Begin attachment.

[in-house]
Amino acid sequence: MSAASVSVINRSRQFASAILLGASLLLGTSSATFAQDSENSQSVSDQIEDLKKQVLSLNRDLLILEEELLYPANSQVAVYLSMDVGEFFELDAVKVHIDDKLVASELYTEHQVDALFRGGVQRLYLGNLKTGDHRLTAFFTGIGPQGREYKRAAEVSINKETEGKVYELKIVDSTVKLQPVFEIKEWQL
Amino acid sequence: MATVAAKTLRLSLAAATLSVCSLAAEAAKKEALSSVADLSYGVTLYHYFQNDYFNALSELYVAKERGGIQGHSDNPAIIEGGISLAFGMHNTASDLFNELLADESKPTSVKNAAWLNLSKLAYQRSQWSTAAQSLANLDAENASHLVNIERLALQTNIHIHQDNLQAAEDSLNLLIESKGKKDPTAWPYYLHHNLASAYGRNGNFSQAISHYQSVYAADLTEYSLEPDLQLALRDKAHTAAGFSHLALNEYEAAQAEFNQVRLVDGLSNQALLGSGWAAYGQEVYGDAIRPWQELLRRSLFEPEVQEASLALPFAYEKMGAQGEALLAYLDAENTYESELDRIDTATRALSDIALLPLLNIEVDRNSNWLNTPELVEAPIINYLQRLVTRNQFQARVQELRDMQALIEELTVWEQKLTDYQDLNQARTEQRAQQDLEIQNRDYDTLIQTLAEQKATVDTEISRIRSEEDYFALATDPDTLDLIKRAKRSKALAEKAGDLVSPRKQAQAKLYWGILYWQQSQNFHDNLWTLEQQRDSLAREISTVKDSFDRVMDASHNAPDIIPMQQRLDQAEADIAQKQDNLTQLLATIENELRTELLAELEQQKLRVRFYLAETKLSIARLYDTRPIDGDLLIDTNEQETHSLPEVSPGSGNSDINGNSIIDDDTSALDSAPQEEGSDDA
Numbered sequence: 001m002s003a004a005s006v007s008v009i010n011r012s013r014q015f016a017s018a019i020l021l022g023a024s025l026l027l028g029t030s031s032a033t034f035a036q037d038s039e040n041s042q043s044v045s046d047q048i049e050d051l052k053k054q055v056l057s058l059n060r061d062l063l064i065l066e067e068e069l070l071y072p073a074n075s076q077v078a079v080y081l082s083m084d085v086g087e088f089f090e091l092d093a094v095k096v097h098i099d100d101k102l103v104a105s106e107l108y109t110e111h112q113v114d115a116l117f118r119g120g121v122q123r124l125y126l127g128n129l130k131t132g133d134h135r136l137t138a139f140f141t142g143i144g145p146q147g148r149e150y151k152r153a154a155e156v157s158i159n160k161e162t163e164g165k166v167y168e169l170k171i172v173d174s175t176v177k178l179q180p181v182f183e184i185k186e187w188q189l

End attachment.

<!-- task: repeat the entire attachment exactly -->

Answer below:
[in-house]
Amino acid sequence: MSAASVSVINRSRQFASAILLGASLLLGTSSATFAQDSENSQSVSDQIEDLKKQVLSLNRDLLILEEELLYPANSQVAVYLSMDVGEFFELDAVKVHIDDKLVASELYTEHQVDALFRGGVQRLYLGNLKTGDHRLTAFFTGIGPQGREYKRAAEVSINKETEGKVYELKIVDSTVKLQPVFEIKEWQL
Amino acid sequence: MATVAAKTLRLSLAAATLSVCSLAAEAAKKEALSSVADLSYGVTLYHYFQNDYFNALSELYVAKERGGIQGHSDNPAIIEGGISLAFGMHNTASDLFNELLADESKPTSVKNAAWLNLSKLAYQRSQWSTAAQSLANLDAENASHLVNIERLALQTNIHIHQDNLQAAEDSLNLLIESKGKKDPTAWPYYLHHNLASAYGRNGNFSQAISHYQSVYAADLTEYSLEPDLQLALRDKAHTAAGFSHLALNEYEAAQAEFNQVRLVDGLSNQALLGSGWAAYGQEVYGDAIRPWQELLRRSLFEPEVQEASLALPFAYEKMGAQGEALLAYLDAENTYESELDRIDTATRALSDIALLPLLNIEVDRNSNWLNTPELVEAPIINYLQRLVTRNQFQARVQELRDMQALIEELTVWEQKLTDYQDLNQARTEQRAQQDLEIQNRDYDTLIQTLAEQKATVDTEISRIRSEEDYFALATDPDTLDLIKRAKRSKALAEKAGDLVSPRKQAQAKLYWGILYWQQSQNFHDNLWTLEQQRDSLAREISTVKDSFDRVMDASHNAPDIIPMQQRLDQAEADIAQKQDNLTQLLATIENELRTELLAELEQQKLRVRFYLAETKLSIARLYDTRPIDGDLLIDTNEQETHSLPEVSPGSGNSDINGNSIIDDDTSALDSAPQEEGSDDA
Numbered sequence: 001m002s003a004a005s006v007s008v009i010n011r012s013r014q015f016a017s018a019i020l021l022g023a024s025l026l027l028g029t030s031s032a033t034f035a036q037d038s039e040n041s042q043s044v045s046d047q048i049e050d051l052k053k054q055v056l057s058l059n060r061d062l063l064i065l066e067e068e069l070l071y072p073a074n075s076q077v078a079v080y081l082s083m084d085v086g087e088f089f090e091l092d093a094v095k096v097h098i099d100d101k102l103v104a105s106e107l108y109t110e111h112q113v114d115a116l117f118r119g120g121v122q123r124l125y126l127g128n129l130k131t132g133d134h135r136l137t138a139f140f141t142g143i144g145p146q147g148r149e150y151k152r153a154a155e156v157s158i159n160k161e162t163e164g165k166v167y168e169l170k171i172v173d174s175t176v177k178l179q180p181v182f183e184i185k186e187w188q189l